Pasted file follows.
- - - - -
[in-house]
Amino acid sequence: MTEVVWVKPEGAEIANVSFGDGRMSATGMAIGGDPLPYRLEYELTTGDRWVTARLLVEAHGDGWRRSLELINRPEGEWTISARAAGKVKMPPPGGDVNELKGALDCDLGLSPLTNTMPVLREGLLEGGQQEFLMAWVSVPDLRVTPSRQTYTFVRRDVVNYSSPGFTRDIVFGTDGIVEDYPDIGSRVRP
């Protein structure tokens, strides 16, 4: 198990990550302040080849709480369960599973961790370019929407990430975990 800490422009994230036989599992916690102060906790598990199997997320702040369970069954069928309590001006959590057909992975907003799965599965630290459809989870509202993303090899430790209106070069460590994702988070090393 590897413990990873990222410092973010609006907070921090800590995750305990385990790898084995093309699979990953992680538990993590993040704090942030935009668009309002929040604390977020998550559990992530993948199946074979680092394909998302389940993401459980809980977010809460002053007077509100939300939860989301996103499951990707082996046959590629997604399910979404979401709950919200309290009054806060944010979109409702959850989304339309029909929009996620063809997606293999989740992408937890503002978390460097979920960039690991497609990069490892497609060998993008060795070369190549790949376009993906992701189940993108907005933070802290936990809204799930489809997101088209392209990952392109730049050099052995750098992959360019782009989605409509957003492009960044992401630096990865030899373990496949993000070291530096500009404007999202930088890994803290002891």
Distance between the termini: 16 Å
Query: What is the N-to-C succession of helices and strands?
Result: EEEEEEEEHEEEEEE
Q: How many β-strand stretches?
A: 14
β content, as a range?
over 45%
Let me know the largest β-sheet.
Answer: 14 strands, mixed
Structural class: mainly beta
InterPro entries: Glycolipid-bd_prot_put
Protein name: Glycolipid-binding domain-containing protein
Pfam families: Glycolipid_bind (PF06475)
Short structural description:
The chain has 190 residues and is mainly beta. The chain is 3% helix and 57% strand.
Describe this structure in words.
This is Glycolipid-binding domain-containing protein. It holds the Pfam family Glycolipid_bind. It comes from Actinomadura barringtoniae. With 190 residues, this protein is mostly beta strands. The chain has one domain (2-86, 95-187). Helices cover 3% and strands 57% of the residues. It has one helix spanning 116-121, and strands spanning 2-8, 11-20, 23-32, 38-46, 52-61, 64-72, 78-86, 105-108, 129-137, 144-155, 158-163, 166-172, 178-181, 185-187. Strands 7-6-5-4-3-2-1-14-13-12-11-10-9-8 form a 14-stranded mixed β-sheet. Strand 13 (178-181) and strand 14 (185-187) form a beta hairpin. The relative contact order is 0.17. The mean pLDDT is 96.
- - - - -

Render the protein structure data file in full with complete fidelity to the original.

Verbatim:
[in-house]
Amino acid sequence: MTEVVWVKPEGAEIANVSFGDGRMSATGMAIGGDPLPYRLEYELTTGDRWVTARLLVEAHGDGWRRSLELINRPEGEWTISARAAGKVKMPPPGGDVNELKGALDCDLGLSPLTNTMPVLREGLLEGGQQEFLMAWVSVPDLRVTPSRQTYTFVRRDVVNYSSPGFTRDIVFGTDGIVEDYPDIGSRVRP
């Protein structure tokens, strides 16, 4: 198990990550302040080849709480369960599973961790370019929407990430975990 800490422009994230036989599992916690102060906790598990199997997320702040369970069954069928309590001006959590057909992975907003799965599965630290459809989870509202993303090899430790209106070069460590994702988070090393 590897413990990873990222410092973010609006907070921090800590995750305990385990790898084995093309699979990953992680538990993590993040704090942030935009668009309002929040604390977020998550559990992530993948199946074979680092394909998302389940993401459980809980977010809460002053007077509100939300939860989301996103499951990707082996046959590629997604399910979404979401709950919200309290009054806060944010979109409702959850989304339309029909929009996620063809997606293999989740992408937890503002978390460097979920960039690991497609990069490892497609060998993008060795070369190549790949376009993906992701189940993108907005933070802290936990809204799930489809997101088209392209990952392109730049050099052995750098992959360019782009989605409509957003492009960044992401630096990865030899373990496949993000070291530096500009404007999202930088890994803290002891």
Distance between the termini: 16 Å
Query: What is the N-to-C succession of helices and strands?
Result: EEEEEEEEHEEEEEE
Q: How many β-strand stretches?
A: 14
β content, as a range?
over 45%
Let me know the largest β-sheet.
Answer: 14 strands, mixed
Structural class: mainly beta
InterPro entries: Glycolipid-bd_prot_put
Protein name: Glycolipid-binding domain-containing protein
Pfam families: Glycolipid_bind (PF06475)
Short structural description:
The chain has 190 residues and is mainly beta. The chain is 3% helix and 57% strand.
Describe this structure in words.
This is Glycolipid-binding domain-containing protein. It holds the Pfam family Glycolipid_bind. It comes from Actinomadura barringtoniae. With 190 residues, this protein is mostly beta strands. The chain has one domain (2-86, 95-187). Helices cover 3% and strands 57% of the residues. It has one helix spanning 116-121, and strands spanning 2-8, 11-20, 23-32, 38-46, 52-61, 64-72, 78-86, 105-108, 129-137, 144-155, 158-163, 166-172, 178-181, 185-187. Strands 7-6-5-4-3-2-1-14-13-12-11-10-9-8 form a 14-stranded mixed β-sheet. Strand 13 (178-181) and strand 14 (185-187) form a beta hairpin. The relative contact order is 0.17. The mean pLDDT is 96.